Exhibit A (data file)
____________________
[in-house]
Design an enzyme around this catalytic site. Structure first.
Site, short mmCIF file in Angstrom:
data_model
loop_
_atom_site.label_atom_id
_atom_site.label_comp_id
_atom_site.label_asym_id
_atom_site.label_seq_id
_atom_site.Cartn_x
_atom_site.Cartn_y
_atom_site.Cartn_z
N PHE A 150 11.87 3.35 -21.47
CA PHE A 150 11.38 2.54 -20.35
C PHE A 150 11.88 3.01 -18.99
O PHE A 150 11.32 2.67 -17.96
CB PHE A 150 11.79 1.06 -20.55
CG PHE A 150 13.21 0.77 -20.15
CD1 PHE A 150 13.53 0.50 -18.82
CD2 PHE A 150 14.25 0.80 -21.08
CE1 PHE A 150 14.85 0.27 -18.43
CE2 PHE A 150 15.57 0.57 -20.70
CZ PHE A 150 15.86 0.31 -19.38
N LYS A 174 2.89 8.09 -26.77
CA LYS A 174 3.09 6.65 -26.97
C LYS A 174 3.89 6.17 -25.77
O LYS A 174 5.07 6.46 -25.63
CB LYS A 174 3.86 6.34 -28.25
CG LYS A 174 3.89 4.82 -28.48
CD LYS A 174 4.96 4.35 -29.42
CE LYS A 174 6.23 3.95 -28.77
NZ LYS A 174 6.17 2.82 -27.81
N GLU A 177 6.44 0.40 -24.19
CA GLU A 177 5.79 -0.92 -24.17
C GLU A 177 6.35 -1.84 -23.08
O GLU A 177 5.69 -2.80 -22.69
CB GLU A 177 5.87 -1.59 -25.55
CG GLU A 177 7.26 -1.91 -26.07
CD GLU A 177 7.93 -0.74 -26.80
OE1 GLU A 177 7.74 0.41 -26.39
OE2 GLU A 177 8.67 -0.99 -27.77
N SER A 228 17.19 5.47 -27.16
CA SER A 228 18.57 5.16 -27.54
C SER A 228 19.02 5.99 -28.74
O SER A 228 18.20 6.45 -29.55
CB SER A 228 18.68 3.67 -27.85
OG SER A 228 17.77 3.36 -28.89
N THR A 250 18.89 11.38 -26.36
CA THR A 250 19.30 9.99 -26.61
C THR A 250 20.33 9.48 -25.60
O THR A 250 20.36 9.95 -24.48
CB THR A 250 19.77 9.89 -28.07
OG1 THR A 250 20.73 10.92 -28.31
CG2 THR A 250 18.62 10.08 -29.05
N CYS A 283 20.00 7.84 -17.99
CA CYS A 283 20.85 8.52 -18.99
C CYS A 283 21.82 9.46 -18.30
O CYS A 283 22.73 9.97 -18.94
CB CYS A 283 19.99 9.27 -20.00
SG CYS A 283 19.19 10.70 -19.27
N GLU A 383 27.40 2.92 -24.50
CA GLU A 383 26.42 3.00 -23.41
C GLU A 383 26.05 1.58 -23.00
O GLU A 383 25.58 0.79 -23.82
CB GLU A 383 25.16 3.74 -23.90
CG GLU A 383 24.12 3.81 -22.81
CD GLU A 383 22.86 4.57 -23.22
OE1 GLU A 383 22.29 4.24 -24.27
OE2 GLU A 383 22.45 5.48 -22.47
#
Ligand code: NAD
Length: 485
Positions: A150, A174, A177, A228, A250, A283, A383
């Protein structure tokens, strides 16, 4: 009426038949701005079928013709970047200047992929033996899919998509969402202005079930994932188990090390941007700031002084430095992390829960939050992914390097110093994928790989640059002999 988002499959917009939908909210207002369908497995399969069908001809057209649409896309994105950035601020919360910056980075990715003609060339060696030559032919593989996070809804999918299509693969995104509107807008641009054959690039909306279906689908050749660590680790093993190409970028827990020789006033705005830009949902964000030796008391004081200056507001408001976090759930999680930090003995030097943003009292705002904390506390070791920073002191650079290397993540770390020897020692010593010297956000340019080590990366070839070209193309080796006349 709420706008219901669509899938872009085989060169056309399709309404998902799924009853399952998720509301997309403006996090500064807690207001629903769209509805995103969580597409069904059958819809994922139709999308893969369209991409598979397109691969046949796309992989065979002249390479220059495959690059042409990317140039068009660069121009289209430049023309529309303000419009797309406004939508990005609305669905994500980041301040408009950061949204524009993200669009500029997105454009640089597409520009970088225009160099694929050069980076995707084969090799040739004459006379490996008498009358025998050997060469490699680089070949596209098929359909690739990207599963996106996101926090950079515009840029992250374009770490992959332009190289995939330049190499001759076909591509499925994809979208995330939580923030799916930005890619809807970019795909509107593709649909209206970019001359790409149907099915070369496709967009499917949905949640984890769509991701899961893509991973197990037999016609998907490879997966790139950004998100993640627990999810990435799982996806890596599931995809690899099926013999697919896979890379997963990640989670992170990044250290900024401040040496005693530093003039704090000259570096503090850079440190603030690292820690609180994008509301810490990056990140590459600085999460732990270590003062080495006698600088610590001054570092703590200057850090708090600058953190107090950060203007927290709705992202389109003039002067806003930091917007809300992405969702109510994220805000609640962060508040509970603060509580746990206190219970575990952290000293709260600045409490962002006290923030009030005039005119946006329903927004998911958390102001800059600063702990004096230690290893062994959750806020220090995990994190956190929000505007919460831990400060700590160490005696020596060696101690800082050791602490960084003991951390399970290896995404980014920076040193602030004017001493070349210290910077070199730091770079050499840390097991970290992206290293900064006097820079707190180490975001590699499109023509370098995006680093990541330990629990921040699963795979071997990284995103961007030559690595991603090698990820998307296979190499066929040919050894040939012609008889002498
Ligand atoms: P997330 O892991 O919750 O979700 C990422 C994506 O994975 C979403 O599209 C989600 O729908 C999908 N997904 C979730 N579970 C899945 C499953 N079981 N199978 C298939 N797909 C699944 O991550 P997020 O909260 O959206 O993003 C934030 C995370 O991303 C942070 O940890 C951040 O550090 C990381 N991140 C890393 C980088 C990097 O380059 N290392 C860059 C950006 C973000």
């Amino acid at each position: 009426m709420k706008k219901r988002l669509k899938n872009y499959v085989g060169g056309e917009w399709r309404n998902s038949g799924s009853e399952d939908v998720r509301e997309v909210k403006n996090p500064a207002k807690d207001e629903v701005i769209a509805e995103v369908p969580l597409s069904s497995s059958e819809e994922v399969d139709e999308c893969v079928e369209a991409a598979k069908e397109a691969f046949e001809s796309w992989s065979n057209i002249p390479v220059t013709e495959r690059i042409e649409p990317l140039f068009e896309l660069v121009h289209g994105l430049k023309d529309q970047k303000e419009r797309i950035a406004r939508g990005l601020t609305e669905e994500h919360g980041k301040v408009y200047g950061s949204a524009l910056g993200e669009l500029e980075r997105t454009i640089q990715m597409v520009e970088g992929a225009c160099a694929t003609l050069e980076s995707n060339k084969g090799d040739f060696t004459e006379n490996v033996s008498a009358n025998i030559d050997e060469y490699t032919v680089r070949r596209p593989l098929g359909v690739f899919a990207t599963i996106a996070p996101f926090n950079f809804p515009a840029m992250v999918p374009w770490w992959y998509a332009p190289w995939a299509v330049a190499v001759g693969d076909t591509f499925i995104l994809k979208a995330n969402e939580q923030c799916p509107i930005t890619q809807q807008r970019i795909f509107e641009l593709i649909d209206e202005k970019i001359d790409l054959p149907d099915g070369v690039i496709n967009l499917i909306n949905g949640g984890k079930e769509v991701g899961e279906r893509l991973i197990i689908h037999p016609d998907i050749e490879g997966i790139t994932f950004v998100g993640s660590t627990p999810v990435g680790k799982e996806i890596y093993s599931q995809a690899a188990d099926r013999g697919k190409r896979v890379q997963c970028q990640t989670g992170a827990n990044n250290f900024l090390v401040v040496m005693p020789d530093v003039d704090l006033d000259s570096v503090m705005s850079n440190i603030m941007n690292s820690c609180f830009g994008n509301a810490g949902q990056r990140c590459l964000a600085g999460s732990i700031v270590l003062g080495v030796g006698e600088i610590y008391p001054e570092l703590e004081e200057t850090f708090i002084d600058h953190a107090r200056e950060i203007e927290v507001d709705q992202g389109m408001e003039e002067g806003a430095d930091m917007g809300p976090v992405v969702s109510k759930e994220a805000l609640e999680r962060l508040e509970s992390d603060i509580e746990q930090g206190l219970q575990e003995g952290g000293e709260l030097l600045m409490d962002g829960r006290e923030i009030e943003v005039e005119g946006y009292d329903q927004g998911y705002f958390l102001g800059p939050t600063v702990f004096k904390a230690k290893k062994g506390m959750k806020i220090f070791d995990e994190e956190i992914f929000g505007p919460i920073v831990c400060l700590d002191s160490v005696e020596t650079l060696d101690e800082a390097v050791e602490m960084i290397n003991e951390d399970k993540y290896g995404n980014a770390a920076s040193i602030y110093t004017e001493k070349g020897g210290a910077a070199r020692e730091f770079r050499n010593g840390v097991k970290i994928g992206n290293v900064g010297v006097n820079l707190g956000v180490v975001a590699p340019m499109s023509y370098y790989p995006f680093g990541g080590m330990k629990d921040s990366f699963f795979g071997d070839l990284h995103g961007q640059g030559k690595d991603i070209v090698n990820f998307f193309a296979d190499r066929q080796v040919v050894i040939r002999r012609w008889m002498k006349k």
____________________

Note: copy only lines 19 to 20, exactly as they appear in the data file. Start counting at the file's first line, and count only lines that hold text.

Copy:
CD1 PHE A 150 13.53 0.50 -18.82
CD2 PHE A 150 14.25 0.80 -21.08